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Work Gaia with Cupids

Department of Egyptian Antiquities: Christian Egypt (fourth - twelfth centuries AD)

Deux Amours présentant le buste de Gê (la Terre) dans une couronne

© 1988 RMN / Béatrice Hatala

Egyptian Antiquities
Christian Egypt (fourth - twelfth centuries AD)

Author(s):
Lyon-Caen Christiane

This bas-relief was no doubt a lintel adorning a building which is unknown to us. A richly-adorned female bust is framed by a heavy plant wreath upheld by two winged Cupids. The attributes of the central figure - a plant headdress, a bouquet of fruit and foliage, and baskets overflowing with the fruits of the earth - suggest a representation of Gaia, the Greek earth goddess. Coptic art perpetuated the memory of the Hellenistic past.

Portrait of a goddess with cupids

The center of the lintel features a female bust inside a heavy plant wreath (whose bay leaves are dotted with holes). This allegory of the fertile Earth - the goddess Gaia, who originated in the distant Greek past - is given an impression of richness and abundance by the opulent breasts, thick curly hair, luxuriant modius headdress (made of plants), tunic with large folds, and heavy veil (upheld in her right hand). The two Cupids holding this wreath also evoke opulence with their thickly feathered wings and the heavy cloaks that fly out behind their strong, plump bodies. The sculptor filled the remaining space with two baskets, overflowing with (unidentifiable) fruits of the earth.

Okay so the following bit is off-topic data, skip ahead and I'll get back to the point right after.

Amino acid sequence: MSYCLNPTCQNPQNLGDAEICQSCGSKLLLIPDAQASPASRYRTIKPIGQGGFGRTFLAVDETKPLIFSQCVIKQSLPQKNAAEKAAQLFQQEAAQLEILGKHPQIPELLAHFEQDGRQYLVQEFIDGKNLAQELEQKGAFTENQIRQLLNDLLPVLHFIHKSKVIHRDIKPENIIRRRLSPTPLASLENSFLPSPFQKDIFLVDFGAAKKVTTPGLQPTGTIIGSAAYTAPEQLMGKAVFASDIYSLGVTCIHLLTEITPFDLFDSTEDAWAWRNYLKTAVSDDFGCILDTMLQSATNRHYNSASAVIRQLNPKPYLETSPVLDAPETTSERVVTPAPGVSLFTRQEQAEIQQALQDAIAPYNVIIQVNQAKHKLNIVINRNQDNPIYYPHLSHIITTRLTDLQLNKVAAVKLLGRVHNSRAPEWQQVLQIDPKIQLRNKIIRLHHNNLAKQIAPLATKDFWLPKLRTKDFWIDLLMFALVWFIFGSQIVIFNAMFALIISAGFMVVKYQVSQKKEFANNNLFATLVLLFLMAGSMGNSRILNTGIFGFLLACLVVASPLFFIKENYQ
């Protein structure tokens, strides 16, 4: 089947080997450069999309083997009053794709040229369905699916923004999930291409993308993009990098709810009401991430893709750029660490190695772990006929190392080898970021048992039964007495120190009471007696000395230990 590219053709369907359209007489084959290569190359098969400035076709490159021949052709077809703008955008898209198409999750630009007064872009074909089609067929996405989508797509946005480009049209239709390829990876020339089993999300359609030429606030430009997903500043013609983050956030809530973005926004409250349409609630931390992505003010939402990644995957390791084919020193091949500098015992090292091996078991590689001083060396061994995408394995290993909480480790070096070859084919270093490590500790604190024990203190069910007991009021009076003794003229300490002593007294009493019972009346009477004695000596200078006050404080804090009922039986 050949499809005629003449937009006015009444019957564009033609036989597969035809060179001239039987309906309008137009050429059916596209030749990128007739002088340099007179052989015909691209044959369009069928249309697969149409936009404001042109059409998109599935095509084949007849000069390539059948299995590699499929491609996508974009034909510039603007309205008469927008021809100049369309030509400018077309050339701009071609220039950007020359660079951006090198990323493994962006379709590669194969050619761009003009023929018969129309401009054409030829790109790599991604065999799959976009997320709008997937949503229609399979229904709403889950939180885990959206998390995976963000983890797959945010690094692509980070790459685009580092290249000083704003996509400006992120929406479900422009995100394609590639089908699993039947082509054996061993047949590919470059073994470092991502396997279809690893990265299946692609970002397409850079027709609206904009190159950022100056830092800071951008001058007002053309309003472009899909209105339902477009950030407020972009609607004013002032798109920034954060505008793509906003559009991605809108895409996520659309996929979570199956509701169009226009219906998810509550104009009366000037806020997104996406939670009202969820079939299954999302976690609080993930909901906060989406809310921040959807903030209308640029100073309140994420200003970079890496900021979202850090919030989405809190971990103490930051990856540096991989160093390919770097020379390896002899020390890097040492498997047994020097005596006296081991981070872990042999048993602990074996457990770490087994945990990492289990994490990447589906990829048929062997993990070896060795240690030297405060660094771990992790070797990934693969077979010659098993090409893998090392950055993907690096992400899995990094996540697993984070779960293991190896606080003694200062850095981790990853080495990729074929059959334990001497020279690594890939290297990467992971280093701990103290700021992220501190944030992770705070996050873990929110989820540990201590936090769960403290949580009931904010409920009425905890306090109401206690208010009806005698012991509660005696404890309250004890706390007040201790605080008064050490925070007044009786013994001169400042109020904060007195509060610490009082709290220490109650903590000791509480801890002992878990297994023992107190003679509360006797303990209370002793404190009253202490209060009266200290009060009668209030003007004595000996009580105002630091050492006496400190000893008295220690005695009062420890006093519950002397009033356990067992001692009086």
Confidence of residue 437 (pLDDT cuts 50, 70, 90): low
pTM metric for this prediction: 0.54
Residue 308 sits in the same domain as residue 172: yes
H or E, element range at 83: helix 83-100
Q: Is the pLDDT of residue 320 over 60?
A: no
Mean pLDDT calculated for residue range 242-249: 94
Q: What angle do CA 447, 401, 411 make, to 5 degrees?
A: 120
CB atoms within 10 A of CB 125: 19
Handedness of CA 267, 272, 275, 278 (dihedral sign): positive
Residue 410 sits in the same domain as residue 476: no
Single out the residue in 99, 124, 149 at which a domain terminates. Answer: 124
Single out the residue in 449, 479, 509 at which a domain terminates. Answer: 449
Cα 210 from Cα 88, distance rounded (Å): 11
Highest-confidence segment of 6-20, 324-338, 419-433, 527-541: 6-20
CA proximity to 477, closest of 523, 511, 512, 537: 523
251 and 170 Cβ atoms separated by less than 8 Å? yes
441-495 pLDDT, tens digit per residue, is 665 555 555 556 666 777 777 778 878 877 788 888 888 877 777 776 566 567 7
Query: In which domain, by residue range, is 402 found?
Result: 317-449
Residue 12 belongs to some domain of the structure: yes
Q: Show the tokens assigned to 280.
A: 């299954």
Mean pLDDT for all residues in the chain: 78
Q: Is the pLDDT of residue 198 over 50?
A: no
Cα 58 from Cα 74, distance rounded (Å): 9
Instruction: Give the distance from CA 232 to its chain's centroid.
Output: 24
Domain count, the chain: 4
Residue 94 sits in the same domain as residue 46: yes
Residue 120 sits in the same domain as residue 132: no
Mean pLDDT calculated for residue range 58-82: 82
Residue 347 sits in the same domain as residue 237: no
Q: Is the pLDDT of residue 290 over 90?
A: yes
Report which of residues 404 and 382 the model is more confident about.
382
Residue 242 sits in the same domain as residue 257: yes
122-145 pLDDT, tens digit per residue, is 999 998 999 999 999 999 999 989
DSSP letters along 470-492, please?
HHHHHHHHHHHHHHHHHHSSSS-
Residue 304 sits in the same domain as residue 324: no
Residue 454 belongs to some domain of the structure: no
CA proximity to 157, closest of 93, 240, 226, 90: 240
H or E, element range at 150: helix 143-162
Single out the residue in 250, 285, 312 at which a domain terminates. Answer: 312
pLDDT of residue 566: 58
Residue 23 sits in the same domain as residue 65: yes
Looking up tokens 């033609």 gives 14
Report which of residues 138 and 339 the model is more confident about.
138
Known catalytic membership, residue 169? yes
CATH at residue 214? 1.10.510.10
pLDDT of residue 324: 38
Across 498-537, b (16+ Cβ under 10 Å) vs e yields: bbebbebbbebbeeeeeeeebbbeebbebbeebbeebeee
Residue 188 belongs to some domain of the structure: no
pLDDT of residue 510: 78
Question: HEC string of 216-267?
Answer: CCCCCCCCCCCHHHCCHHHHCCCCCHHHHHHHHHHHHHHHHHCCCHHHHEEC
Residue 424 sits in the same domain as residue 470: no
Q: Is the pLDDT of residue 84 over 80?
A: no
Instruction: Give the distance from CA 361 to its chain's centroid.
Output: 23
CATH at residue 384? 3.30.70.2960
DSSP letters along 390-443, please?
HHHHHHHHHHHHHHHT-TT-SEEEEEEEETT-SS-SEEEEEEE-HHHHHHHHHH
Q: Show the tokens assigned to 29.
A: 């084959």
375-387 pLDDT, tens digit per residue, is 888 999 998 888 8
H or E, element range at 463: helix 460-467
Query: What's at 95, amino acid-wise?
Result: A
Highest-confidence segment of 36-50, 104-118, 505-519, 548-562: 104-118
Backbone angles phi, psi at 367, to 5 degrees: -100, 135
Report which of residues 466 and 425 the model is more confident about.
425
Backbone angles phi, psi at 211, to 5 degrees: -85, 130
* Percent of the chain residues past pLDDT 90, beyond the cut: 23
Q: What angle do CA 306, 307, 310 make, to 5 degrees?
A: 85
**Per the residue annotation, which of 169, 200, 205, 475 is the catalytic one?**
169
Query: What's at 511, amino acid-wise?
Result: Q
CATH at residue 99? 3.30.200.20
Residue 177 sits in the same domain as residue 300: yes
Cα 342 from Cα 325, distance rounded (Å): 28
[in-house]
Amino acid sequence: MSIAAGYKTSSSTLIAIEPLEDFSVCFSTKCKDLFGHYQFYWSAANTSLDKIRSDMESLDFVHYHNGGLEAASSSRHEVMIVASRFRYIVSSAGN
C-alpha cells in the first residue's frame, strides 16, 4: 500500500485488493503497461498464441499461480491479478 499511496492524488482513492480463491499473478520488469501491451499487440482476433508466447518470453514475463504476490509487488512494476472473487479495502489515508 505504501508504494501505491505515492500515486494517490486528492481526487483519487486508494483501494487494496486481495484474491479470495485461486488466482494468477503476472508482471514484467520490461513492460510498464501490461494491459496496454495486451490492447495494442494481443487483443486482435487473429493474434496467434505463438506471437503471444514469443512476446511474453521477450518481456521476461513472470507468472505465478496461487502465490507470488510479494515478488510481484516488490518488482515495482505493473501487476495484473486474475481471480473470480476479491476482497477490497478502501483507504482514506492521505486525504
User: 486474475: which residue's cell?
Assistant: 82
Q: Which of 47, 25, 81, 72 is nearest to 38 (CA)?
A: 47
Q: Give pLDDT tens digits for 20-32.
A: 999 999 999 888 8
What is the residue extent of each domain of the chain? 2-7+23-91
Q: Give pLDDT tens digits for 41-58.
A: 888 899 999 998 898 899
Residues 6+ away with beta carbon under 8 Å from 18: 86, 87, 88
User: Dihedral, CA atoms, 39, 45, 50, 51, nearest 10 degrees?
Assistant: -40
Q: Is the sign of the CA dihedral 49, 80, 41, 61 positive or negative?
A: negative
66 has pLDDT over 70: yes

Between East and West, paganism and Christianity

The lack of any blank space in this work creates an almost suffocating impression of density, making it a perfect illustration of what historians term "horror vacui" - fear of emptiness, characteristic of the art of Late Antiquity in the Romanized East. The impression of oriental influence in this illustration of characters from Greek mythology is heightened by the detailed relief and use of the trepan. The Greek gods who followed in the wake of Alexander the Great were readily adopted in Egypt. Cultured Egyptians, who knew of their adventures thanks to the writings of Greek and Latin authors, naturally used them as a major source of inspiration. This attachment to the Hellenistic world persisted even after Egypt was converted to Christianity. Whether due to pagan resistance or artistic traditionalism, many Greco-Roman themes persisted during the Christian era - such as these Cupids, Aphrodite's descendants, who became angels.

Technical description

  • Deux Amours présentant le buste de Gê (la Terre) dans une couronne

    Ve - VIe siècle après J.-C.

  • calcaire

    H. 35 cm; L. 92 cm; Th. 8.5 cm

  • E 16967

  • Egyptian Antiquities

    Denon wing
    Lower ground floor
    Gallery of Coptic art
    Room B
    Vitrine M5 : La terre et les saisons

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